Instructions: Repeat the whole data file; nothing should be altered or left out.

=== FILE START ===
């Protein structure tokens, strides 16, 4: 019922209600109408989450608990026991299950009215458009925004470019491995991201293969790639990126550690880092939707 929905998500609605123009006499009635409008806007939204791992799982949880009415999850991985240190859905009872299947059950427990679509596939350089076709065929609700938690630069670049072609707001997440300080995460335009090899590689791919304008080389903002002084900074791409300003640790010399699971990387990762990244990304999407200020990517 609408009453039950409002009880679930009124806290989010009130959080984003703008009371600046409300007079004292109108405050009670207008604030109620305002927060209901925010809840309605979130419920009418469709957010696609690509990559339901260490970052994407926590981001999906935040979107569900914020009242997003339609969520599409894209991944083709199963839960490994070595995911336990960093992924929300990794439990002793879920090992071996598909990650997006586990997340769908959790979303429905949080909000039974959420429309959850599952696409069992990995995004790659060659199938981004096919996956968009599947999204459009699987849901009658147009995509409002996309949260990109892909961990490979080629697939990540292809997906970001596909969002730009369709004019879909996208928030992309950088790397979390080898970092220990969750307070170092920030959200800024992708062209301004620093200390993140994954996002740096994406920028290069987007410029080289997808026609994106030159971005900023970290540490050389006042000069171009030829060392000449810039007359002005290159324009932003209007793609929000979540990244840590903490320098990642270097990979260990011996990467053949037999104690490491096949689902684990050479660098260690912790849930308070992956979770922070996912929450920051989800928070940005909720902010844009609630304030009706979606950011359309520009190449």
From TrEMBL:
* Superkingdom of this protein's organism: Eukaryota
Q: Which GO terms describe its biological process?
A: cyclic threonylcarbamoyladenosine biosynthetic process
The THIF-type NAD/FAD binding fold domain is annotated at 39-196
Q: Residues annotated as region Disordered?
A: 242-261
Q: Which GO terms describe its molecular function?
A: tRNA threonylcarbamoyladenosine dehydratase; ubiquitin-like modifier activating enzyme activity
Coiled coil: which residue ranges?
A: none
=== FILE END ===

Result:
């Protein structure tokens, strides 16, 4: 019922209600109408989450608990026991299950009215458009925004470019491995991201293969790639990126550690880092939707 929905998500609605123009006499009635409008806007939204791992799982949880009415999850991985240190859905009872299947059950427990679509596939350089076709065929609700938690630069670049072609707001997440300080995460335009090899590689791919304008080389903002002084900074791409300003640790010399699971990387990762990244990304999407200020990517 609408009453039950409002009880679930009124806290989010009130959080984003703008009371600046409300007079004292109108405050009670207008604030109620305002927060209901925010809840309605979130419920009418469709957010696609690509990559339901260490970052994407926590981001999906935040979107569900914020009242997003339609969520599409894209991944083709199963839960490994070595995911336990960093992924929300990794439990002793879920090992071996598909990650997006586990997340769908959790979303429905949080909000039974959420429309959850599952696409069992990995995004790659060659199938981004096919996956968009599947999204459009699987849901009658147009995509409002996309949260990109892909961990490979080629697939990540292809997906970001596909969002730009369709004019879909996208928030992309950088790397979390080898970092220990969750307070170092920030959200800024992708062209301004620093200390993140994954996002740096994406920028290069987007410029080289997808026609994106030159971005900023970290540490050389006042000069171009030829060392000449810039007359002005290159324009932003209007793609929000979540990244840590903490320098990642270097990979260990011996990467053949037999104690490491096949689902684990050479660098260690912790849930308070992956979770922070996912929450920051989800928070940005909720902010844009609630304030009706979606950011359309520009190449």
From TrEMBL:
* Superkingdom of this protein's organism: Eukaryota
Q: Which GO terms describe its biological process?
A: cyclic threonylcarbamoyladenosine biosynthetic process
The THIF-type NAD/FAD binding fold domain is annotated at 39-196
Q: Residues annotated as region Disordered?
A: 242-261
Q: Which GO terms describe its molecular function?
A: tRNA threonylcarbamoyladenosine dehydratase; ubiquitin-like modifier activating enzyme activity
Coiled coil: which residue ranges?
A: none